I have not read the entire thread yet...but I will. I am going to go out on a limb right now and tell all ya'll.....especially the OP...that I am an alcoholic. I am aged 50. My mother is an alcoholic...aged 67....my uncle (father's side) was an alcoholic and coc aine addict who died before aged 60....my son....aged 28 is an alcoholic....my brother....who had a different father than I, (who was an alcoholic)...died in 2008 at aged 38....while trying to get help for his alcoholism...and still drank while taking the meds they gave him to "help"......(I can go on and on into my family tree of ALCOHOLICS...) My mother is mentally ill...my brother had the same disease and now my DAUGHTER......

I didn't start to drink "alcoholically" until I was well not my 30's....but once my brain chemistry changed....I cannot stop drinking without either loading up on benzodiazepines, my epilepsy medication, (Pheno Barbital) or I SLOWLY wean myself off.....if I stop....I will get heart palpitations and my BP goes sky high....I start to sweat and shake.....the longest I have gone off alcohol has been 110 days. Do you think I LIKE drinking? Do you think my mother does....my brother did.....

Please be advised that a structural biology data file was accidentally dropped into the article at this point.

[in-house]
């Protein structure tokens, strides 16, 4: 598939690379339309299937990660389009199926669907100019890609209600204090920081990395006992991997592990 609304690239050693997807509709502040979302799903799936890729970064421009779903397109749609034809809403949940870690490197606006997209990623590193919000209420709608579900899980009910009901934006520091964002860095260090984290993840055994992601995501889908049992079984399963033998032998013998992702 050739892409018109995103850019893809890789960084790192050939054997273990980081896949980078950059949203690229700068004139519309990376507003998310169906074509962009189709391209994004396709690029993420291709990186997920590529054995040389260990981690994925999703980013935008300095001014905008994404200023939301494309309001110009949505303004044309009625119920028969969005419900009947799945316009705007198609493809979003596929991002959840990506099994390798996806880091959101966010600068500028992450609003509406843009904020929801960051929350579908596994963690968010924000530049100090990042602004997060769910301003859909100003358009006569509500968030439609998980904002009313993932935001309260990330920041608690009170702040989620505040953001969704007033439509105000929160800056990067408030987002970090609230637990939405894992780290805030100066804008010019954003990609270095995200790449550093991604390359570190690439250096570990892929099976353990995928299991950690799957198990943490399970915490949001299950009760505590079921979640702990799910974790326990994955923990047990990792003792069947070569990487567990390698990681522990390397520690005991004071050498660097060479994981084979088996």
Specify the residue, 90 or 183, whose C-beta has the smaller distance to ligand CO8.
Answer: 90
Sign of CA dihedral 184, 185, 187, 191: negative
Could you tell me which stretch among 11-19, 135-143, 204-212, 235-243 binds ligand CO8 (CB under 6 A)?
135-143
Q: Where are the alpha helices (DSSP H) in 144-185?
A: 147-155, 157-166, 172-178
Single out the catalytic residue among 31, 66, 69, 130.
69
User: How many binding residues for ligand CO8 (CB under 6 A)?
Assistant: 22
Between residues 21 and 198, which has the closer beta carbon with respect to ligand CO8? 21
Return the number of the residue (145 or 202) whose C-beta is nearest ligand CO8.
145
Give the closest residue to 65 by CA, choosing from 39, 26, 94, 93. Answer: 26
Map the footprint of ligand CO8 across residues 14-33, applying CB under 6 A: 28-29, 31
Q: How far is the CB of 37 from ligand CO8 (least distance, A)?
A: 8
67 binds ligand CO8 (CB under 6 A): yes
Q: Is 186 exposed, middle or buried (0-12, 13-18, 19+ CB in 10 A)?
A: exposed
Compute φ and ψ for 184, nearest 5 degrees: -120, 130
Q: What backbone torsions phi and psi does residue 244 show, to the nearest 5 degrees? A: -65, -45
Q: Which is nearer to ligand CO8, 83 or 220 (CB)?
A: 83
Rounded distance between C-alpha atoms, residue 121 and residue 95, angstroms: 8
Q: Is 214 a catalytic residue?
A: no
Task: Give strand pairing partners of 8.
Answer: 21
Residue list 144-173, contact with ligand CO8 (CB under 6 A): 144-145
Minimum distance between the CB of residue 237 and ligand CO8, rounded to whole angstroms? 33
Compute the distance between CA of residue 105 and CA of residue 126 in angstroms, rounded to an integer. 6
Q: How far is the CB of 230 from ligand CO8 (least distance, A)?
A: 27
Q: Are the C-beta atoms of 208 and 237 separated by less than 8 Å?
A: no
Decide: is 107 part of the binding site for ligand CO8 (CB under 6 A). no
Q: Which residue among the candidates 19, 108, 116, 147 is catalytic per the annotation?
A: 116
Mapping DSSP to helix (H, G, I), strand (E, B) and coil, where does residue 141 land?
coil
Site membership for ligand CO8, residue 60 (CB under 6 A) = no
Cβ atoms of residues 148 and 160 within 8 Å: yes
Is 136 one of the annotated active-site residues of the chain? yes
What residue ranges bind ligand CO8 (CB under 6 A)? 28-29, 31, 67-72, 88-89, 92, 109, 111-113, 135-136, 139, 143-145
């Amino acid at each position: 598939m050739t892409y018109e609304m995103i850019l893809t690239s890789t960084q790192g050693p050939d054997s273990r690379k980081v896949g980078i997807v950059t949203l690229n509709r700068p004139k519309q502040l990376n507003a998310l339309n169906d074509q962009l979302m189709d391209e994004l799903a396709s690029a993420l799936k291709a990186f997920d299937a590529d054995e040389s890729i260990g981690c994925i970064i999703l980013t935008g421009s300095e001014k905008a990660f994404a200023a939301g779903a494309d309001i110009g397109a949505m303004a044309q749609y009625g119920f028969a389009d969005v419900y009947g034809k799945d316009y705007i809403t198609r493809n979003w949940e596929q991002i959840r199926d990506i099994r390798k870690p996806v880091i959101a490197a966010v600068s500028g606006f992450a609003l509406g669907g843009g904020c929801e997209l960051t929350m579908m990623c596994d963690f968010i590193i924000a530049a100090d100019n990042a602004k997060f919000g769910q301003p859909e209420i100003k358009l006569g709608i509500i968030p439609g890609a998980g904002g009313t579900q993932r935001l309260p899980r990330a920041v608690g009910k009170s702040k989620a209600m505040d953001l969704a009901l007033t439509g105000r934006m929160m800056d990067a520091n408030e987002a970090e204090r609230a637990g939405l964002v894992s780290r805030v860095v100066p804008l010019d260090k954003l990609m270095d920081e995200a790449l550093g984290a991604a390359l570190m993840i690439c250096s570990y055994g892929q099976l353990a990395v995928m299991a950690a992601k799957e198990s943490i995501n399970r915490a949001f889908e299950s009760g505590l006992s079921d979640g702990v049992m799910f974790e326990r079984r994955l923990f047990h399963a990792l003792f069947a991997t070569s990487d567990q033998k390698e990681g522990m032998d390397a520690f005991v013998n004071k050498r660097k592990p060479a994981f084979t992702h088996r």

While I O believe there is a LOT of habit built into it...and the brain can form some STRONG habits.....I KNOW that my genetics play a role in my DISEASE.....my problem....whatever....and should society treat me with SHAMING because I drink? I do not go out to bars and get rowdy...I didn't abuse my kids or fight with my husband, (well...maybe a few fights with HIM...he too, comes form a LONG line of alcoholics).....